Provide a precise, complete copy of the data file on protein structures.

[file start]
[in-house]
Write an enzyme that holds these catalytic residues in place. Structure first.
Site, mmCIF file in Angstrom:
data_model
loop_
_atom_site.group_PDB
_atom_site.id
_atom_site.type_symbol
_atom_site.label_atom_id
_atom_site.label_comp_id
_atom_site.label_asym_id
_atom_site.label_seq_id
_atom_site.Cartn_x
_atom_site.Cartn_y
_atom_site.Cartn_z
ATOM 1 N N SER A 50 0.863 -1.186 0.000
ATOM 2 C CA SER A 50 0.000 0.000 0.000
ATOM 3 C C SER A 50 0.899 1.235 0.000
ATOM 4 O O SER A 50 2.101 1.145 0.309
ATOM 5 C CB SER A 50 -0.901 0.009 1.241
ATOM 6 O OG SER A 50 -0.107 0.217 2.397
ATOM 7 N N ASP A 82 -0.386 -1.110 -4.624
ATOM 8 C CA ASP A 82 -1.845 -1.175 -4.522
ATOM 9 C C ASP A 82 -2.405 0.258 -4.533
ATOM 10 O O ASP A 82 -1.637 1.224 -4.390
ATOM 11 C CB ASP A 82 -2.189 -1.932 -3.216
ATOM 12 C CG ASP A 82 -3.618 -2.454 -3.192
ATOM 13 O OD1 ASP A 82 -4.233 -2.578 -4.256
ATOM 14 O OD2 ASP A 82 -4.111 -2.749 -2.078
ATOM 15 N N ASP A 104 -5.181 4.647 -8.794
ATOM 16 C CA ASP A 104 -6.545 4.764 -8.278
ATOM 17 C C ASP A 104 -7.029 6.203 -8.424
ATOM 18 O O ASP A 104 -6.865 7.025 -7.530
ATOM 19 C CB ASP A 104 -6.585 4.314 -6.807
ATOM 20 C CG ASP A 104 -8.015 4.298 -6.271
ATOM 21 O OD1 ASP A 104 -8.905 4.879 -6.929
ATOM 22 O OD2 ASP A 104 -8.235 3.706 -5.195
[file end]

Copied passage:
[in-house]
Write an enzyme that holds these catalytic residues in place. Structure first.
Site, mmCIF file in Angstrom:
data_model
loop_
_atom_site.group_PDB
_atom_site.id
_atom_site.type_symbol
_atom_site.label_atom_id
_atom_site.label_comp_id
_atom_site.label_asym_id
_atom_site.label_seq_id
_atom_site.Cartn_x
_atom_site.Cartn_y
_atom_site.Cartn_z
ATOM 1 N N SER A 50 0.863 -1.186 0.000
ATOM 2 C CA SER A 50 0.000 0.000 0.000
ATOM 3 C C SER A 50 0.899 1.235 0.000
ATOM 4 O O SER A 50 2.101 1.145 0.309
ATOM 5 C CB SER A 50 -0.901 0.009 1.241
ATOM 6 O OG SER A 50 -0.107 0.217 2.397
ATOM 7 N N ASP A 82 -0.386 -1.110 -4.624
ATOM 8 C CA ASP A 82 -1.845 -1.175 -4.522
ATOM 9 C C ASP A 82 -2.405 0.258 -4.533
ATOM 10 O O ASP A 82 -1.637 1.224 -4.390
ATOM 11 C CB ASP A 82 -2.189 -1.932 -3.216
ATOM 12 C CG ASP A 82 -3.618 -2.454 -3.192
ATOM 13 O OD1 ASP A 82 -4.233 -2.578 -4.256
ATOM 14 O OD2 ASP A 82 -4.111 -2.749 -2.078
ATOM 15 N N ASP A 104 -5.181 4.647 -8.794
ATOM 16 C CA ASP A 104 -6.545 4.764 -8.278
ATOM 17 C C ASP A 104 -7.029 6.203 -8.424
ATOM 18 O O ASP A 104 -6.865 7.025 -7.530
ATOM 19 C CB ASP A 104 -6.585 4.314 -6.807
ATOM 20 C CG ASP A 104 -8.015 4.298 -6.271
ATOM 21 O OD1 ASP A 104 -8.905 4.879 -6.929
ATOM 22 O OD2 ASP A 104 -8.235 3.706 -5.195